When the Pacific Resource Partnership began its work to keep former Gov. Ben Cayetano from becoming Honolulu’s next mayor, it was a campaign unlike any seen before in local politics.

The group formed an independent expenditure committee — or super PAC — that spent millions of dollars on attack ads, mailers and ground troops to smear Cayetano and promote Honolulu’s $5.26 billion rail project as well as the candidates who supported it.

But throughout the 2012 campaign, little was known about PRP aside from the fact that it was linked to the Hawaii Carpenters Union and that it was clearly taking advantage of the U.S. Supreme Court’s Citizens United ruling that allowed outside groups to funnel unlimited amounts of cash into political efforts.

But tax forms filed with the IRS are now providing a clearer picture of how much PRP actually invested in 2012 to keep rail on track and Cayetano out of Honolulu Hale.

Hey Big Spender

PRP’s funding came through the Hawaii Carpenter Market Recovery Program Fund, which works to promote economic development for the state’s carpenters. But not all of the spending was documented with the Hawaii Campaign Spending Commission.

IRS tax records show the Hawaii Carpenters Market Recovery Program Fund spent nearly $7 million between Sept. 1, 2011 and Aug. 31, 2012, a figure that included everything from salaries and benefits to political expenses.

The filing is the latest IRS tax form available for the fund, and it doesn’t include spending between the August 2012 primary and the November general election, when PRP was most politically active.

Civil Beat asked PRP Executive Director John White for the latest tax filings covering the 2012 General Election, but has not received a response. White, who is also listed as the executive director of the Recovery Fund, also declined to be interviewed but told Civil Beat in an email he likely wouldn’t respond to questions about PRP’s “internal decisions.”

Even without the general election tallies, the Recovery Fund’s spending was higher than it was in previous years in key areas, including politics and advertising.

The tax forms show about $1.48 million went toward “political expenditures,” which includes direct contributions to candidates. The recovery fund also spent $1.66 million on advertising and $1.8 million on other expenses that are not detailed in the documents.

The Recovery Fund reported spending only about $1 million combined in those three categories from Sept. 1, 2009 to Aug. 31, 2011.

PRP’s Direct Payments

Most of the group’s political expenditures went to political advertising, polling and door-to-door canvassing, the records show.

Direct contributions to candidates only accounted for $37,525. Forty local politicians benefitted from the fund’s political activity, including Gov. Neil Abercrombie and former Lt. Gov. Brian Schatz, who is now in the U.S. Senate.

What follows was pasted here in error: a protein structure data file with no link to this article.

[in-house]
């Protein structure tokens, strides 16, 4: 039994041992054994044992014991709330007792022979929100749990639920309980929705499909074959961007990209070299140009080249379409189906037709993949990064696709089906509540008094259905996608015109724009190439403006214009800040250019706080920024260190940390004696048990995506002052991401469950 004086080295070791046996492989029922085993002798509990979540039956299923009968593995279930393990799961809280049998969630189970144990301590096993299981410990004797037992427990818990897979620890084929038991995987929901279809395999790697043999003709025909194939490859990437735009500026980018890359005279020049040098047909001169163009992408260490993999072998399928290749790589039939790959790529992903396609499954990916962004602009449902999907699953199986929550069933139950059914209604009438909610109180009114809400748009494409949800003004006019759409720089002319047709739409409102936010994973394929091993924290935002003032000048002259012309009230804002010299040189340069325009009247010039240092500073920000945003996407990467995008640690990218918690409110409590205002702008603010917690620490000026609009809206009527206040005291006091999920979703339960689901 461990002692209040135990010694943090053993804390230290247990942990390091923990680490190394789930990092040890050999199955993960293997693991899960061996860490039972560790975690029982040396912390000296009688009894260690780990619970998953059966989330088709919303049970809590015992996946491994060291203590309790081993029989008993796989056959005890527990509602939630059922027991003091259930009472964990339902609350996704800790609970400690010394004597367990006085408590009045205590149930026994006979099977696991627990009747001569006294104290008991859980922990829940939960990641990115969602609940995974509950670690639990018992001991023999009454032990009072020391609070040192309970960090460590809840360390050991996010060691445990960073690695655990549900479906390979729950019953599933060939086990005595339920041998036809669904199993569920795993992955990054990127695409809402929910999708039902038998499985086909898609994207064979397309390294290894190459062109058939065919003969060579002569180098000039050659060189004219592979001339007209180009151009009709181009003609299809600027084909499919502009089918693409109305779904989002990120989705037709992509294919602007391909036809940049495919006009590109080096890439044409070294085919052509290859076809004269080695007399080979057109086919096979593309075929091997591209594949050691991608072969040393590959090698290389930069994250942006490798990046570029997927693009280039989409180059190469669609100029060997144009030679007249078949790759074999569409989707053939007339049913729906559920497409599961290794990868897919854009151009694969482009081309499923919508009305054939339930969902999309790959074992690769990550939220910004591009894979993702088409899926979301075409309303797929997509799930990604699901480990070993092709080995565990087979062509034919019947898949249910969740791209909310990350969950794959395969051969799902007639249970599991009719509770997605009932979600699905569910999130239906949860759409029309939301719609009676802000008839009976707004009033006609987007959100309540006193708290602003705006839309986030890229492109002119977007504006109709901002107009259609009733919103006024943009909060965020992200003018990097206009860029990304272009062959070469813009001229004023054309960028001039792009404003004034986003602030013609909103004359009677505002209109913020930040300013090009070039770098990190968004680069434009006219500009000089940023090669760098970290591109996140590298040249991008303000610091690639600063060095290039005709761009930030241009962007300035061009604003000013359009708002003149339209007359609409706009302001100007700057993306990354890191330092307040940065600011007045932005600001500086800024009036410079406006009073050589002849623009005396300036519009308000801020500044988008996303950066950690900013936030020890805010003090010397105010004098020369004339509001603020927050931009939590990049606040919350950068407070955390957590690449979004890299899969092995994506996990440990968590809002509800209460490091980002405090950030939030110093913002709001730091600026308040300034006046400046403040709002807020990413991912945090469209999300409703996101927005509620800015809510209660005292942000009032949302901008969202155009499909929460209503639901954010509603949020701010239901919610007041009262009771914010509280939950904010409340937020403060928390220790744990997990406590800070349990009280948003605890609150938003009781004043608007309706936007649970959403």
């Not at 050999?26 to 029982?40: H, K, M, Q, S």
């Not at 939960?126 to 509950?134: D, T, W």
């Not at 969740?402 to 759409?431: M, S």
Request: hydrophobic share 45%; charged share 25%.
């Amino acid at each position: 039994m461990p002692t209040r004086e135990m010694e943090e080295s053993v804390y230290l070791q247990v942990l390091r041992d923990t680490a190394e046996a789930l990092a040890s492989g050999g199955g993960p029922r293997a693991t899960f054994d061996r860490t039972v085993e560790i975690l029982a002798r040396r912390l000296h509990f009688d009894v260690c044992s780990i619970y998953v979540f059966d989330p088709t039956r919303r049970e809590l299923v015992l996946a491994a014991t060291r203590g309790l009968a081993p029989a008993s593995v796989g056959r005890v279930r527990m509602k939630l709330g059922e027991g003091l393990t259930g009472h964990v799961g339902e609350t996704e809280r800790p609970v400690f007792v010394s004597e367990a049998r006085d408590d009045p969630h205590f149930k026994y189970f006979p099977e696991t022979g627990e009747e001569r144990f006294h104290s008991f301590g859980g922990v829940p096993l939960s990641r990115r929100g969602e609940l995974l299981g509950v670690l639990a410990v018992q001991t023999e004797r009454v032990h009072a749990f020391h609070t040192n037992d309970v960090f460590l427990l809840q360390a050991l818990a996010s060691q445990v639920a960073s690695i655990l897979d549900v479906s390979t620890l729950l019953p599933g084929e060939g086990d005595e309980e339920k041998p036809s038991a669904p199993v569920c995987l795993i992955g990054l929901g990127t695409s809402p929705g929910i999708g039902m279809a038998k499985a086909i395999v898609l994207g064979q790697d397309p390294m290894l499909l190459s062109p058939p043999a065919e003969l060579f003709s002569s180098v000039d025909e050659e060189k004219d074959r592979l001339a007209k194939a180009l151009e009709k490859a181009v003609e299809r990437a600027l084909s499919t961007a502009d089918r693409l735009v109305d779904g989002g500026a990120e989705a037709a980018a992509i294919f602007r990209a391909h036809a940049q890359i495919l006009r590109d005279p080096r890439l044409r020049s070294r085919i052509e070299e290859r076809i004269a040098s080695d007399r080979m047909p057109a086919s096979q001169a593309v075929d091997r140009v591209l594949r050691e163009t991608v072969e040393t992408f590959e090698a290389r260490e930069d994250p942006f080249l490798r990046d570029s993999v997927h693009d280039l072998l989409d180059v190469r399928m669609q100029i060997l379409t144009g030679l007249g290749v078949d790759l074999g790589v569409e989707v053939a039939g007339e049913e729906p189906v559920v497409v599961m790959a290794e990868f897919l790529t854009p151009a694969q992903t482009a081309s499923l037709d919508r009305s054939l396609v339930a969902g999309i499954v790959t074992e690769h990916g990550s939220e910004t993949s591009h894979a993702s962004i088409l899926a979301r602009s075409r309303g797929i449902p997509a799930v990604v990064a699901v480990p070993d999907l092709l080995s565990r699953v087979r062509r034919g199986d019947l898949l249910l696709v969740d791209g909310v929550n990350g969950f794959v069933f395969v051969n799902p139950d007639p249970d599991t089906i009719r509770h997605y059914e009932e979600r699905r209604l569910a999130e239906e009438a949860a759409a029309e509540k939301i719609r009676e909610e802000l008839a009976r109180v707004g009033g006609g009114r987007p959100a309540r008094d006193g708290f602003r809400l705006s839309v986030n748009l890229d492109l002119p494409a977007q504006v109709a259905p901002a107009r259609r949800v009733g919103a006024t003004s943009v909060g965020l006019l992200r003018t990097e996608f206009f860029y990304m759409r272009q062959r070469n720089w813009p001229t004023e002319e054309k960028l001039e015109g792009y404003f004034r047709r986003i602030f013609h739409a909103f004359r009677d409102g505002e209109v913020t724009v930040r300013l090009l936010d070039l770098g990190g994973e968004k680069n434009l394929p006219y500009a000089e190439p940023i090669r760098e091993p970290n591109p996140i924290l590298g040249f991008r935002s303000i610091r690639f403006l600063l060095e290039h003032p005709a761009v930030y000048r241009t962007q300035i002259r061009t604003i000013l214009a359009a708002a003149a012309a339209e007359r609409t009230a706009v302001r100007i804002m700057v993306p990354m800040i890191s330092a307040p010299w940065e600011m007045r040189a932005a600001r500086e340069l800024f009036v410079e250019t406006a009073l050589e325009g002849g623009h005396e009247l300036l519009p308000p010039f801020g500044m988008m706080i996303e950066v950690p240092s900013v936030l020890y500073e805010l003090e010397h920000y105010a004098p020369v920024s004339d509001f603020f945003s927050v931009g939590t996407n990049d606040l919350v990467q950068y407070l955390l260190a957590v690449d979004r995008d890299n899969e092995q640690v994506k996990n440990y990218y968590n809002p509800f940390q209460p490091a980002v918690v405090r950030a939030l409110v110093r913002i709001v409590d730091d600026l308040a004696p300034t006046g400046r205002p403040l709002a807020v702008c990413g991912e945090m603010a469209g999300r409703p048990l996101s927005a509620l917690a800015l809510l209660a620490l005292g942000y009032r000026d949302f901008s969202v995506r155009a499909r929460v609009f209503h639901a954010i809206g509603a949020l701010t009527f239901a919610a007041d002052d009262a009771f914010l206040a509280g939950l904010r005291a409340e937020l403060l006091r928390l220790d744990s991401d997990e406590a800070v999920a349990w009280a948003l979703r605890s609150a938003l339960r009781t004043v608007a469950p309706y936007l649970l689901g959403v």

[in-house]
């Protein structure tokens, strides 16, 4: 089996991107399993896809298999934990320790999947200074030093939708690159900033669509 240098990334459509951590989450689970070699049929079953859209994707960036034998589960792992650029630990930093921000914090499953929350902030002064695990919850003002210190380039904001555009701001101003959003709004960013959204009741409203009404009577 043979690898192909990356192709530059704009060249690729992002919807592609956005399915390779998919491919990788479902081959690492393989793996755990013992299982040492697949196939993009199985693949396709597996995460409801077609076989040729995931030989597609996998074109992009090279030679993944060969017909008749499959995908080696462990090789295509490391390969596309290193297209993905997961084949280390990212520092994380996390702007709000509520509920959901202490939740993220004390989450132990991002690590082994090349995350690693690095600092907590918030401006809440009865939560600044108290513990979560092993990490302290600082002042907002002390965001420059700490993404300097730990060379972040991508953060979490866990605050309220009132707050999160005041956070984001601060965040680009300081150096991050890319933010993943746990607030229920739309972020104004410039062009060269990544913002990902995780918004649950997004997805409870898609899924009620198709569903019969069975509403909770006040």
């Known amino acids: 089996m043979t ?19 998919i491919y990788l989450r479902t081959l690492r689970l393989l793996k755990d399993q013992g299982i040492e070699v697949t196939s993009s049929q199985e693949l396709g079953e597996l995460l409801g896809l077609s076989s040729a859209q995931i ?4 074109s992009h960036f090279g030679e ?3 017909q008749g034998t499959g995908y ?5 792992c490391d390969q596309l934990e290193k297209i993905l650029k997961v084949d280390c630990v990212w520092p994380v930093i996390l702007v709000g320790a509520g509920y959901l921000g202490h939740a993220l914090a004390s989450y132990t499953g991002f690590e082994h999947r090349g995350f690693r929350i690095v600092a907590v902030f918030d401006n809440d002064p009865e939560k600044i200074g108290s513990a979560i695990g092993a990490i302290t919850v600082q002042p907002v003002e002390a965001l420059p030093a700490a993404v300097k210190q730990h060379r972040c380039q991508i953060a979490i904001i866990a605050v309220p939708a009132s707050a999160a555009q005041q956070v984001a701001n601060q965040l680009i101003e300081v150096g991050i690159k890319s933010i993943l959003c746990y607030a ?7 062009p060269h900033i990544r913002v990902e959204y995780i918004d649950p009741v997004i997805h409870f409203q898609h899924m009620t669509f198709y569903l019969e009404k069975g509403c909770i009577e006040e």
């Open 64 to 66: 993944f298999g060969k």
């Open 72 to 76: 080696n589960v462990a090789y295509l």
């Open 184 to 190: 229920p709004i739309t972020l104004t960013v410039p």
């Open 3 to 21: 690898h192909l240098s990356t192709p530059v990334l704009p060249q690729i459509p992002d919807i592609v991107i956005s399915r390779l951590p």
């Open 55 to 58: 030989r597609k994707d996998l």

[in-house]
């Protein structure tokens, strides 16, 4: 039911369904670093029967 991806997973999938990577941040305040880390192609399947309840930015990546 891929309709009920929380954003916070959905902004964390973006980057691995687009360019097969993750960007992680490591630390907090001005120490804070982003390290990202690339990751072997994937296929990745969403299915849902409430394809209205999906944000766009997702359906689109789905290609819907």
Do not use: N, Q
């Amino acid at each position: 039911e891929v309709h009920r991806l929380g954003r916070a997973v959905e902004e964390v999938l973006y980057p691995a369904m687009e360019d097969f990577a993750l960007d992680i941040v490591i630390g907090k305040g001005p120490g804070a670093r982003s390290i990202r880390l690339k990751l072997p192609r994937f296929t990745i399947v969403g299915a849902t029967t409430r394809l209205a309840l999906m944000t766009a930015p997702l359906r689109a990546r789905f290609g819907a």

The fund gave directly to several legislators and local city council members as well. For example, Councilwoman Kymberly Pine, who was a pro-rail candidate running against an anti-rail incumbent, got $4,000, which was the most of any candidate listed in the tax forms.

The fund also gave more than $115,000 to various groups and nonprofits, including the Democratic Party of Hawaii, Move Oahu Forward and the University of Hawaii Foundation. Other groups receiving donations included the Friends of Kapolei Hale, the Hawaii Institute for Public Affairs, Blue Planet Foundation and the Hawaii Home Ownership Center.

The largest donation of $60,500 was given the Hawaii Institute for Public Affairs, which is headed by Abercrombie’s campaign chairman Bill Kaneko.

Kaneko told Civil Beat that much of that money, $50,000, was spent on a study of the state’s long-term infrastructure needs. He said it piggybacks off a previous study by the nonprofit that looked at Hawaii’s infrastructure shortcomings.

“PRP supported that because they’re in the construction business,” Kaneko said. “This is clearly a nexus to their core mission.”

Dipping Into Reserves

The tax filings show the Recovery Fund spent nearly three times what it raised. The fund only pulled down about $2.3 million from membership contributions and investment income and spent nearly $7 million.

But the filings show the fund had other assets, in particular its publicly traded securities investments. According to the forms, this investment account dipped from $12 million to $9 million between reporting periods. The fund was also left with total assets of about $12.8 million after Aug. 31, 2012.

The tax forms don’t show any money coming from outside groups.

Read the Hawaii Carpenters Market Recovery Program Fund’s latest tax form here:

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